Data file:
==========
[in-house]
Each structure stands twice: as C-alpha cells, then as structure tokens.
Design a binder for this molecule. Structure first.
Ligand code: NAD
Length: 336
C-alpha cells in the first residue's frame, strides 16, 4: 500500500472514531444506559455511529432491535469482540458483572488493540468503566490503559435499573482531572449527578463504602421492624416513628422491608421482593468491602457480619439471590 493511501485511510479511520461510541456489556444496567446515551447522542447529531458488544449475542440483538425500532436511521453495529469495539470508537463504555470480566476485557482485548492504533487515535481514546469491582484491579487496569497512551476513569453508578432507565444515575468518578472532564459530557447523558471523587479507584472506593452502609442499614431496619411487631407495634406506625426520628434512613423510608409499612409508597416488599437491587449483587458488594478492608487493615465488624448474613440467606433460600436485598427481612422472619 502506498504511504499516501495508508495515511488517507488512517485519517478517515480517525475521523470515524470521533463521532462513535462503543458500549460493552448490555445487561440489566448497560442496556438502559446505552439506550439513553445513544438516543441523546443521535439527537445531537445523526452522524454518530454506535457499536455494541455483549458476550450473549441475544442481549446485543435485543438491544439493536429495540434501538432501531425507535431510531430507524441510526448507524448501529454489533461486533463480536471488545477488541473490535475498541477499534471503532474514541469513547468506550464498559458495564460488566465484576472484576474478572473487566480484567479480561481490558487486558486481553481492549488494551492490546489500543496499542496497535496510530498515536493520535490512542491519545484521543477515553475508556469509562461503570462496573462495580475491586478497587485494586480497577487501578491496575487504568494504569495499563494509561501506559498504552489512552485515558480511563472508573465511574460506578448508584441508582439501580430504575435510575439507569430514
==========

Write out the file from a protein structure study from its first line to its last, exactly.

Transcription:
[in-house]
Each structure stands twice: as C-alpha cells, then as structure tokens.
Design a binder for this molecule. Structure first.
Ligand code: NAD
Length: 336
C-alpha cells in the first residue's frame, strides 16, 4: 500500500472514531444506559455511529432491535469482540458483572488493540468503566490503559435499573482531572449527578463504602421492624416513628422491608421482593468491602457480619439471590 493511501485511510479511520461510541456489556444496567446515551447522542447529531458488544449475542440483538425500532436511521453495529469495539470508537463504555470480566476485557482485548492504533487515535481514546469491582484491579487496569497512551476513569453508578432507565444515575468518578472532564459530557447523558471523587479507584472506593452502609442499614431496619411487631407495634406506625426520628434512613423510608409499612409508597416488599437491587449483587458488594478492608487493615465488624448474613440467606433460600436485598427481612422472619 502506498504511504499516501495508508495515511488517507488512517485519517478517515480517525475521523470515524470521533463521532462513535462503543458500549460493552448490555445487561440489566448497560442496556438502559446505552439506550439513553445513544438516543441523546443521535439527537445531537445523526452522524454518530454506535457499536455494541455483549458476550450473549441475544442481549446485543435485543438491544439493536429495540434501538432501531425507535431510531430507524441510526448507524448501529454489533461486533463480536471488545477488541473490535475498541477499534471503532474514541469513547468506550464498559458495564460488566465484576472484576474478572473487566480484567479480561481490558487486558486481553481492549488494551492490546489500543496499542496497535496510530498515536493520535490512542491519545484521543477515553475508556469509562461503570462496573462495580475491586478497587485494586480497577487501578491496575487504568494504569495499563494509561501506559498504552489512552485515558480511563472508573465511574460506578448508584441508582439501580430504575435510575439507569430514